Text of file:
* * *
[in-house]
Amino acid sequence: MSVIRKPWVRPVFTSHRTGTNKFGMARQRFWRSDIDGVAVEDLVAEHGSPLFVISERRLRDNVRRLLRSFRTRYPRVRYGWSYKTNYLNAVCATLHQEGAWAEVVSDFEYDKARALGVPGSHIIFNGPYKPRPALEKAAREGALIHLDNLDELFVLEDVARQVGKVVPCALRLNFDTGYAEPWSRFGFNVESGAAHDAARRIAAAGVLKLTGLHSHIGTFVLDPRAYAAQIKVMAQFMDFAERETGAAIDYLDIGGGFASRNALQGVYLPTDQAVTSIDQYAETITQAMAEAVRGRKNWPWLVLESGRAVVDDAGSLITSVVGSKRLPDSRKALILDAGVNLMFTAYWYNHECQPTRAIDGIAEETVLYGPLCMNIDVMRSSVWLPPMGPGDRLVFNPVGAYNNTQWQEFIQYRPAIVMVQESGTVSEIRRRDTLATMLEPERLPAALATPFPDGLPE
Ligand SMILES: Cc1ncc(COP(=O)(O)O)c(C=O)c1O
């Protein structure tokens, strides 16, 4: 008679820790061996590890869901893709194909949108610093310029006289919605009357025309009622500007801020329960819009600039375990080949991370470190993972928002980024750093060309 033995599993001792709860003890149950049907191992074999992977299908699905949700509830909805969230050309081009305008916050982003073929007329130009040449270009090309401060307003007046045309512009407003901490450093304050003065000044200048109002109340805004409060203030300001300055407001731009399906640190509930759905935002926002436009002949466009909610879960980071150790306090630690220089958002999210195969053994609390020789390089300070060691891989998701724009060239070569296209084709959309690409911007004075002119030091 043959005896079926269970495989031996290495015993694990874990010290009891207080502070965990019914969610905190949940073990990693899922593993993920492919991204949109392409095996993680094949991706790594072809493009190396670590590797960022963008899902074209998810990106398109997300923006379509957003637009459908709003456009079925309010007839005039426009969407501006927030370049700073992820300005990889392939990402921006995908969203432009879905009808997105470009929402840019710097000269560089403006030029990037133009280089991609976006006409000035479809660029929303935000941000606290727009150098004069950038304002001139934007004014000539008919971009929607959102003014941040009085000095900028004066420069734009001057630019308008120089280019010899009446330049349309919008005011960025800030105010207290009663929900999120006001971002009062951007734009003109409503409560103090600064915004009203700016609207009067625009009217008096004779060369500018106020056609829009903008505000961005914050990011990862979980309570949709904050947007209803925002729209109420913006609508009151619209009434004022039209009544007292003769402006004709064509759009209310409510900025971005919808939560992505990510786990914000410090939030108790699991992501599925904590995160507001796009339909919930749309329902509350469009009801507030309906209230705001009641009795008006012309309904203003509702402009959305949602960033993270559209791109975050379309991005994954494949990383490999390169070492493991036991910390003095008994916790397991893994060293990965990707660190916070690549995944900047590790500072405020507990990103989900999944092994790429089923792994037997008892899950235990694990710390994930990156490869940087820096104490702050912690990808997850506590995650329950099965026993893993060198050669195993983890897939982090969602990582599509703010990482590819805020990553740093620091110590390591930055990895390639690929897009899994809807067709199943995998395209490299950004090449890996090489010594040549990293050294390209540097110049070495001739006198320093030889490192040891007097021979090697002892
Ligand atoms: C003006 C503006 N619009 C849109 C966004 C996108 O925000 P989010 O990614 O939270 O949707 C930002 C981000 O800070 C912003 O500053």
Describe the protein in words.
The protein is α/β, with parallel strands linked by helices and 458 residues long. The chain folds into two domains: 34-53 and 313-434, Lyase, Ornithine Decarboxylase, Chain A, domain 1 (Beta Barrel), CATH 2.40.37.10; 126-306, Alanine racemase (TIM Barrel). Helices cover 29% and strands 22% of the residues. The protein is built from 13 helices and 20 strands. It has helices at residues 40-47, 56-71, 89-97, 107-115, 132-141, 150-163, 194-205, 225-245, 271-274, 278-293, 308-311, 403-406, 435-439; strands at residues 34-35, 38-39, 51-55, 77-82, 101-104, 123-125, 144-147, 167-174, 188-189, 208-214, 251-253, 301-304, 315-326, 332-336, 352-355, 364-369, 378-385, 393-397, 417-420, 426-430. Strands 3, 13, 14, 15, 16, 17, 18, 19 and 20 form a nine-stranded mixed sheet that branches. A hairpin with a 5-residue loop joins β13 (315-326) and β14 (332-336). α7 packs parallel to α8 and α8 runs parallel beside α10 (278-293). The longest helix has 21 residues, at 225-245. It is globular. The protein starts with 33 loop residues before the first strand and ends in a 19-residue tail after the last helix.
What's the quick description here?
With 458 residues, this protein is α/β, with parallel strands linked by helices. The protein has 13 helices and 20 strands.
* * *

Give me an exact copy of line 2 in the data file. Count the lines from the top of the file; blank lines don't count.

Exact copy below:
Amino acid sequence: MSVIRKPWVRPVFTSHRTGTNKFGMARQRFWRSDIDGVAVEDLVAEHGSPLFVISERRLRDNVRRLLRSFRTRYPRVRYGWSYKTNYLNAVCATLHQEGAWAEVVSDFEYDKARALGVPGSHIIFNGPYKPRPALEKAAREGALIHLDNLDELFVLEDVARQVGKVVPCALRLNFDTGYAEPWSRFGFNVESGAAHDAARRIAAAGVLKLTGLHSHIGTFVLDPRAYAAQIKVMAQFMDFAERETGAAIDYLDIGGGFASRNALQGVYLPTDQAVTSIDQYAETITQAMAEAVRGRKNWPWLVLESGRAVVDDAGSLITSVVGSKRLPDSRKALILDAGVNLMFTAYWYNHECQPTRAIDGIAEETVLYGPLCMNIDVMRSSVWLPPMGPGDRLVFNPVGAYNNTQWQEFIQYRPAIVMVQESGTVSEIRRRDTLATMLEPERLPAALATPFPDGLPE